OCD and panic are biological in basis. The brain is a network of dynamic, ever-changing systems. The limbic system has neural circuits that provide "fast" emotional inputs to the "slow" and higher-thinking cortex. The feedback between these systems is asymmetrical with the lymbic system the more dominant of the two. That's why it's hard to overide our emotions with logic. By being exposed to phobias, or any "conditioned responses," the mind learns gradually to "overwrite" fear triggers and "desensitize," but the triggers are so strongly encoded, they can't be completely erased, only subdued, and a relapse is possible. Expect these lapses and relapses.

In OCD, the brain's biological method of "automatically shifting" away from ruminating thoughts/obesesions is stuck in a brain network/circuit malfunction or "brain lock." SSRIs help the mind override these sticky obsessions, but you can also learn to "manually shift" mental focus away from the obsessions by using Dr. Jeffrey Schwartz's 4-step neuroplastic method. It takes a lot of practice and work, but it should be done. "Neurons that fire together, wire together" (Hebbian learning), and "Neurons that fire apart, wire apart."

How SSRI medications work isn't completely understood. Some think the original "chemical imbalance" or "soup" theory is oversimplified. It's possible that the drug may facilitate "neurogenesis" or the growth of new brain cells in the hippocampus, and this allows for "neuroplasticity" or new synaptic connections to form. This "neural path rewiring" would help explain why SSRIs can take up to six weeks to have a theraputic effect even though they raise seratonin levels within hours.

Even though we don't know precisely how they work, SSRIs have a similar rate of effectiveness as CBT. Using both together is thus optimal. Bear in mind the SSRIs seem to be more effective for OCD than depression, even though they're more widely marketed as antidepressants.

Benzodiazepines are effective for anxiety immediately, but they carry potentially serious risks of tolerance, addiction, memory loss, and dependence. Use them with caution, only as prescribed. I've tried to avoid them entirely as my own treatment has progressed. Try to rely on CBT to deal with most of your feelings of anxiety instead of drugs.

The joy of learning has been a great boon for me. Just as stress can damage neurons, learning can heal and grow synaptic connections. Learning anything at all is therapeutic. Hobbies, games, crafts, art, writing, or even reading fiction. Anything that engages your attention, interest, and keeps your mind active. Learning delivers a shot of dopamine from the "pleasure centers" of your brain.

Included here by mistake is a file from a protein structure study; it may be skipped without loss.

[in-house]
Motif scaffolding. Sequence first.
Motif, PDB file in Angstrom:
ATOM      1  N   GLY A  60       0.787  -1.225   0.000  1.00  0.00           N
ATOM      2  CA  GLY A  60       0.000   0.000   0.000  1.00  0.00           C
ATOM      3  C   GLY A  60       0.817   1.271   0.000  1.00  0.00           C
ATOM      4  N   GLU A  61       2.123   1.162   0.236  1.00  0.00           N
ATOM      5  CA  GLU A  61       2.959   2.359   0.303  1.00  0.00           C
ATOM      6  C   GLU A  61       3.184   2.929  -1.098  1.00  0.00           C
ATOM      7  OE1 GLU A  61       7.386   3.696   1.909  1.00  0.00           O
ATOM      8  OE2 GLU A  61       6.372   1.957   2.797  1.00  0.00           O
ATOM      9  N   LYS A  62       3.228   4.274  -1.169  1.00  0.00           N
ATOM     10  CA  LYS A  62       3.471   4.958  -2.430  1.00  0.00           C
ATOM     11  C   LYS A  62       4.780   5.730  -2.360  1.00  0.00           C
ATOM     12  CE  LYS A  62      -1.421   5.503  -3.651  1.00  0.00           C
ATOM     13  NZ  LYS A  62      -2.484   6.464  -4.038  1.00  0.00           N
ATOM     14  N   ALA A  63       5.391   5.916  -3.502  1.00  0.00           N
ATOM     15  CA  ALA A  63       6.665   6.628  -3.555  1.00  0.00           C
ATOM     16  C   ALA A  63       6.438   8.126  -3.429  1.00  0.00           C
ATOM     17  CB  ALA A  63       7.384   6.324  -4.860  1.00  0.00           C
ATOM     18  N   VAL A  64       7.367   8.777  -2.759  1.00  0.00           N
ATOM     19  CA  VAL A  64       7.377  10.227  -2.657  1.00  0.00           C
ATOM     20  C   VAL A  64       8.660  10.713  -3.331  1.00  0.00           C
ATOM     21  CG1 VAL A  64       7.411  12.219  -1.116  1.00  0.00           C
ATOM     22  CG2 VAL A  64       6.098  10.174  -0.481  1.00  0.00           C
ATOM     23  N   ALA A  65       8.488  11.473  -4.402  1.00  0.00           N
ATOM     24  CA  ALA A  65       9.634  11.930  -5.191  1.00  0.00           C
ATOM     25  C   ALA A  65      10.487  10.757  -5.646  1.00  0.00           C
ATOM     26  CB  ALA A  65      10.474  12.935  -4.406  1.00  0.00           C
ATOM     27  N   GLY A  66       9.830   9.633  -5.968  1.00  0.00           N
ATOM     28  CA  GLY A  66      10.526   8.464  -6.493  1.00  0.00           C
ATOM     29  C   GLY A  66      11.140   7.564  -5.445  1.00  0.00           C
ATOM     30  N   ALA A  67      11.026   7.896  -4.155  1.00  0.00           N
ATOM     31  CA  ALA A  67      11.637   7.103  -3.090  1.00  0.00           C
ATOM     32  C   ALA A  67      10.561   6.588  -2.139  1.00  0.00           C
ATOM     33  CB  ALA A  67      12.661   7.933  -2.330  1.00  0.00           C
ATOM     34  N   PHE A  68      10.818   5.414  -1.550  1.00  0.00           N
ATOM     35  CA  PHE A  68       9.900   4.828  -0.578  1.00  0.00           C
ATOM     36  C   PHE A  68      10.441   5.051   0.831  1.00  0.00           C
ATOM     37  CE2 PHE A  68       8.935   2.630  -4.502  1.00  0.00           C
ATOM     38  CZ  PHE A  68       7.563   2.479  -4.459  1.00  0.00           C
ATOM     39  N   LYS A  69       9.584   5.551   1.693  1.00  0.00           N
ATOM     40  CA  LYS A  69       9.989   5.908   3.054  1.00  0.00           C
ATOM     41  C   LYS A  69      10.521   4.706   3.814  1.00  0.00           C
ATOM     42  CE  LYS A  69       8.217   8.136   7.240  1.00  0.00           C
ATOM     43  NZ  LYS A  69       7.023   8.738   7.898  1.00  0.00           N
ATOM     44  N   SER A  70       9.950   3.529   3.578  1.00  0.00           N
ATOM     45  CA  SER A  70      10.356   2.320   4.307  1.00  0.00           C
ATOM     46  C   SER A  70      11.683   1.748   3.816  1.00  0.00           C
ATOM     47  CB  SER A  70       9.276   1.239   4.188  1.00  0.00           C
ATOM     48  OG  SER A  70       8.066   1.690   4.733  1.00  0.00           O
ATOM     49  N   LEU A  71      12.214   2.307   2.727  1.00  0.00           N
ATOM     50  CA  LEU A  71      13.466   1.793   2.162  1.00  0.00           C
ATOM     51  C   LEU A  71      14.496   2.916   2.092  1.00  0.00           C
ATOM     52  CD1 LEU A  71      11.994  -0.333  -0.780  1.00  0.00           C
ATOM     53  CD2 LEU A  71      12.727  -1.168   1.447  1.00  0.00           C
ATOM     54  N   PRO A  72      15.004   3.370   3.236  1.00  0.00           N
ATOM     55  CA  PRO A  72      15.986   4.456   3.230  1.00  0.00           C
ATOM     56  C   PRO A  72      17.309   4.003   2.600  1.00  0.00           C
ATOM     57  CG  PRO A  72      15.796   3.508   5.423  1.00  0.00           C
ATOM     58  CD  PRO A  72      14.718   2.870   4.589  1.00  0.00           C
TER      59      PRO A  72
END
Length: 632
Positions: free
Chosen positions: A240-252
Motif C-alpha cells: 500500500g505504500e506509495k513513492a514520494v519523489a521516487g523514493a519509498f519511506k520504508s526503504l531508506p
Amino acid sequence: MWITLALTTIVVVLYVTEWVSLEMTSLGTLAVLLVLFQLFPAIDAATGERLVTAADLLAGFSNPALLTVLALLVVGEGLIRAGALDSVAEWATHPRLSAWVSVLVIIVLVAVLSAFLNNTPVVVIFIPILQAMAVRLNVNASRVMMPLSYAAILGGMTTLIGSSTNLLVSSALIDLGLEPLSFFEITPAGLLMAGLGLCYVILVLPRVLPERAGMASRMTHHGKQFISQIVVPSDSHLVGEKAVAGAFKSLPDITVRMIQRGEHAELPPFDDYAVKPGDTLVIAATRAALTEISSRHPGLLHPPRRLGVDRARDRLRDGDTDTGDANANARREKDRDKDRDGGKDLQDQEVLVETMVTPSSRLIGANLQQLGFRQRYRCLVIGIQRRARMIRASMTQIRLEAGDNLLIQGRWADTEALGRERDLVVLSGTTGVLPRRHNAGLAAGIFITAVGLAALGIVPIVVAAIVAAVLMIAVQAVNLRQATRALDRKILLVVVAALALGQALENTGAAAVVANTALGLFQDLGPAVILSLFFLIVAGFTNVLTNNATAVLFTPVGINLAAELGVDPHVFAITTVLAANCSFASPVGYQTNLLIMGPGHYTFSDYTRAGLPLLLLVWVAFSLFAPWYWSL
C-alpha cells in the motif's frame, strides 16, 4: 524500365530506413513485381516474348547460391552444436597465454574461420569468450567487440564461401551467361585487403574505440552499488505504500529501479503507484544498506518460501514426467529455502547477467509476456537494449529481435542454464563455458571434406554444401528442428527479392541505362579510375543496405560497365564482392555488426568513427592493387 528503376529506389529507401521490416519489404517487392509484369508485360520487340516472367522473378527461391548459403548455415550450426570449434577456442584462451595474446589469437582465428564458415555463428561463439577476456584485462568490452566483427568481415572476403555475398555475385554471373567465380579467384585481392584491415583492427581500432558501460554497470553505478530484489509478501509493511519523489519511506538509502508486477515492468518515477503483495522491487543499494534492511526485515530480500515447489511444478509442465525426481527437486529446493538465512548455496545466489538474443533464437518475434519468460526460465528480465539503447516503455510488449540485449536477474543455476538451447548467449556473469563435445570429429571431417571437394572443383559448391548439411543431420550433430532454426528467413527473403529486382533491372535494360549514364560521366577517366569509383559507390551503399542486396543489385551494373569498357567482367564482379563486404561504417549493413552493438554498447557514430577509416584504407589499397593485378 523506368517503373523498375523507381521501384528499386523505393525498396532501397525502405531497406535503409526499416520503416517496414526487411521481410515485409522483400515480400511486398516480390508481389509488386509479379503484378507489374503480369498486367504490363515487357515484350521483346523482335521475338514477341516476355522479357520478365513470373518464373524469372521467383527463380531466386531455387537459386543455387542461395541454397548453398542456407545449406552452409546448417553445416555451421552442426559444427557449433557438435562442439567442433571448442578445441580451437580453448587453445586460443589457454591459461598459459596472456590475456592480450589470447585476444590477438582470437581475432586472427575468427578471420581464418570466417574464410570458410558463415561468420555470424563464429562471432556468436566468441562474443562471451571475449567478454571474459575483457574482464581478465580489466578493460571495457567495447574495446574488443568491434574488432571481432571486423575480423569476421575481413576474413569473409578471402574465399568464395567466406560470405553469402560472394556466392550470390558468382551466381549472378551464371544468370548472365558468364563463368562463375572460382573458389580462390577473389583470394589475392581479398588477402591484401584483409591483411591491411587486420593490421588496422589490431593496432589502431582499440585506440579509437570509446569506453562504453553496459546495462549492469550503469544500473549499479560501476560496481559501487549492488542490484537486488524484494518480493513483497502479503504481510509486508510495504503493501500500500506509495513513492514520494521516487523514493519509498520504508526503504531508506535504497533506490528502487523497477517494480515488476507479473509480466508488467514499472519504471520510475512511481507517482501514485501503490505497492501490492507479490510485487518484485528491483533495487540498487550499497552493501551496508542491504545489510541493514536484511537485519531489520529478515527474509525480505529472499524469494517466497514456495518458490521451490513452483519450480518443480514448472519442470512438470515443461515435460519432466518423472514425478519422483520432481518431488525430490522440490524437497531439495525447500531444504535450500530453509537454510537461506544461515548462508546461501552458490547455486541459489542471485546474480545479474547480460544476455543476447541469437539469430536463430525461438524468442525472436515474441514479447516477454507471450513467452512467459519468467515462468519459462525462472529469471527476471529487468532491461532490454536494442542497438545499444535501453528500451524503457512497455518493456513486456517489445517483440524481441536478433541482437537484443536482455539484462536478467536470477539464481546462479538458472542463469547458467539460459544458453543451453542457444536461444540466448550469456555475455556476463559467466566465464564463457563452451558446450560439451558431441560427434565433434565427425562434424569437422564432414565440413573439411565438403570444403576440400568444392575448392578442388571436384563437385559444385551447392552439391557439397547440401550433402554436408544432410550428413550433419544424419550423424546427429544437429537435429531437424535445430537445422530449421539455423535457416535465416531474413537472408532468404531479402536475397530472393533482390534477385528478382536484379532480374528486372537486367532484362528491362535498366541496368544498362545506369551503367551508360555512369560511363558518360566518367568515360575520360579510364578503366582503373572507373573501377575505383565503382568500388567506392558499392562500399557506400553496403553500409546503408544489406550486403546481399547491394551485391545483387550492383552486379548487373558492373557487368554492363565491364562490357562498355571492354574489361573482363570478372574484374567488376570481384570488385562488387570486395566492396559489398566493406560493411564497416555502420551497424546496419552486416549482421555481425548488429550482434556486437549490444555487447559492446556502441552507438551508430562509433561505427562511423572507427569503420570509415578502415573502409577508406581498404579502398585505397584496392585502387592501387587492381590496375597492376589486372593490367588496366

I believe information/biology networks will be the future of medicine. The brain is a complex network, as are our genome, hormonal system, and cell biology. Then there's epigentics-- wherein the environment affects how and if our genes are expressed. Diet, social interaction, and exercise are all important to mood. More networks, complexity, and feedback systems, all piled atop each other. God knows how long it will take to map and understand all these interconnected networks, the web of life. Every experience changes our unique brains -- this is the "connectome" or neuroplasticty. Use the knowledge that this gift exists to gather hope, change your thought patterns, and heal yourself.

I'm currently interested in exploring overall health, especially in the areas of stress,  diet and supplementation. Corrections in any deficits in these areas will likely help mimimize disease. That makes perfect sense to me. This is the concept of functional medicine. Knowledge and understanding of the mere fact of epigentics can help motivate us to take better care of ourselves and others. Traditional, mainstream "Western medicine" needs to be overhauled with functional medicine. This is a major paradigm and economic shift and will take time. There will be resistance. Self-educate yourself in the meantime as much as possible.

Diet: The Paleolithic/Mediterranean/Zone diet recommendations

Eat mostly low-carb, low glycemic, complex carbs -- vegetables and fruits.
Avoid refined foods, red meat, and sugar.
Eat smaller portions of lean protein -- chicken and turkey.
Eat good only good fats/oils -- olive oil, and flaxseed oil.
Avoid gluten and dairy
Take Omega  RX EPA/DHA concentrate supplements (fish oil).
Take a multivitamin
Use coffee and caffeine sparingly (yum, and no... no...muffins)

Supplements - a topic to eplore:

Other viatmin and herbal supplements: I'm researching this now. There are a lot of pitfalls and expenses. Check my future posts as I try to learn more.

Excercise and Stress recommendations:

Exercise, especially walking, in nature, if possible.
Movement is key. Don't sit around too much. excercise helps your brain as well as your body
Expose yourself to light in the morning to help set your circadian rhythms. Use an eyeshade at night to block out ambient light from outside.
Be aware chronic stress is dangeous -- try to avoid it as much as possible
Reduce stress with meditation.
Get in the "flow" of pleasurable activities
Start a "gratitude journal"
Express bottled-up or painful feelings through a series of written letters (you don't have to send them)
Build social networks and meet new people
Practice the progressive relaxation excercise twice a day
Try self-hypnosis and guided imagery to relax
Use "grounding techniques" in emotional confrontations
Practice deep breathing techniques
Do body stretches
Herbal supplements (needs more research from me)

Now get out there and enjoy art, literature, movies, food, comics, humor, people, pets, nature, and most of all -- yourself.